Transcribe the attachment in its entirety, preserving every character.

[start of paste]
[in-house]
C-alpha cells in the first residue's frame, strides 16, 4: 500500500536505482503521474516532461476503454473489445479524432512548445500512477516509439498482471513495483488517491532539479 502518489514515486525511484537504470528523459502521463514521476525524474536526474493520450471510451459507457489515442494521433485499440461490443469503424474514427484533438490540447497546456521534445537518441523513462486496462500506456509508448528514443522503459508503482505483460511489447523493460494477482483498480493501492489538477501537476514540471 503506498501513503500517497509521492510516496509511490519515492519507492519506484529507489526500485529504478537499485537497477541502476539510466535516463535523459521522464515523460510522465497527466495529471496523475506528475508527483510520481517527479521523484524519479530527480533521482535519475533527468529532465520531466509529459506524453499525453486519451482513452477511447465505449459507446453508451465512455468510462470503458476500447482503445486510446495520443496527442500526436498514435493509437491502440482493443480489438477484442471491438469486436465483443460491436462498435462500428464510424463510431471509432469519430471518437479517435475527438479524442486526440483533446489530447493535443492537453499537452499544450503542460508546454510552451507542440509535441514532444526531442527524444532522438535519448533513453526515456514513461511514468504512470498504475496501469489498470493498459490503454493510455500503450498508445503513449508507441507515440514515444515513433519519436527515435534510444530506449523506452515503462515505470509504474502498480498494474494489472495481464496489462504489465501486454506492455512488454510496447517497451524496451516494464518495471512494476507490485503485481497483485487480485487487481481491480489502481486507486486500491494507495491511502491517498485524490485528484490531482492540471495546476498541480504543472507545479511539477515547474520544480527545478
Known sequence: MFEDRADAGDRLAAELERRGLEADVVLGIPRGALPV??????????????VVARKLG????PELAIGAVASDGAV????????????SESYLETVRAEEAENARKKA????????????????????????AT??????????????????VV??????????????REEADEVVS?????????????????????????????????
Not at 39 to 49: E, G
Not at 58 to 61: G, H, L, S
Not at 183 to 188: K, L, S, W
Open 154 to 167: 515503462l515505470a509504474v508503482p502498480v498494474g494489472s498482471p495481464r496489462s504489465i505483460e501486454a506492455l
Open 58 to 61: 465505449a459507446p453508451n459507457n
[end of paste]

[in-house]
C-alpha cells in the first residue's frame, strides 16, 4: 500500500536505482503521474516532461476503454473489445479524432512548445500512477516509439498482471513495483488517491532539479 502518489514515486525511484537504470528523459502521463514521476525524474536526474493520450471510451459507457489515442494521433485499440461490443469503424474514427484533438490540447497546456521534445537518441523513462486496462500506456509508448528514443522503459508503482505483460511489447523493460494477482483498480493501492489538477501537476514540471 503506498501513503500517497509521492510516496509511490519515492519507492519506484529507489526500485529504478537499485537497477541502476539510466535516463535523459521522464515523460510522465497527466495529471496523475506528475508527483510520481517527479521523484524519479530527480533521482535519475533527468529532465520531466509529459506524453499525453486519451482513452477511447465505449459507446453508451465512455468510462470503458476500447482503445486510446495520443496527442500526436498514435493509437491502440482493443480489438477484442471491438469486436465483443460491436462498435462500428464510424463510431471509432469519430471518437479517435475527438479524442486526440483533446489530447493535443492537453499537452499544450503542460508546454510552451507542440509535441514532444526531442527524444532522438535519448533513453526515456514513461511514468504512470498504475496501469489498470493498459490503454493510455500503450498508445503513449508507441507515440514515444515513433519519436527515435534510444530506449523506452515503462515505470509504474502498480498494474494489472495481464496489462504489465501486454506492455512488454510496447517497451524496451516494464518495471512494476507490485503485481497483485487480485487487481481491480489502481486507486486500491494507495491511502491517498485524490485528484490531482492540471495546476498541480504543472507545479511539477515547474520544480527545478
Known sequence: MFEDRADAGDRLAAELERRGLEADVVLGIPRGALPV??????????????VVARKLG????PELAIGAVASDGAV????????????SESYLETVRAEEAENARKKA????????????????????????AT??????????????????VV??????????????REEADEVVS?????????????????????????????????
Not at 39 to 49: E, G
Not at 58 to 61: G, H, L, S
Not at 183 to 188: K, L, S, W
Open 154 to 167: 515503462l515505470a509504474v508503482p502498480v498494474g494489472s498482471p495481464r496489462s504489465i505483460e501486454a506492455l
Open 58 to 61: 465505449a459507446p453508451n459507457n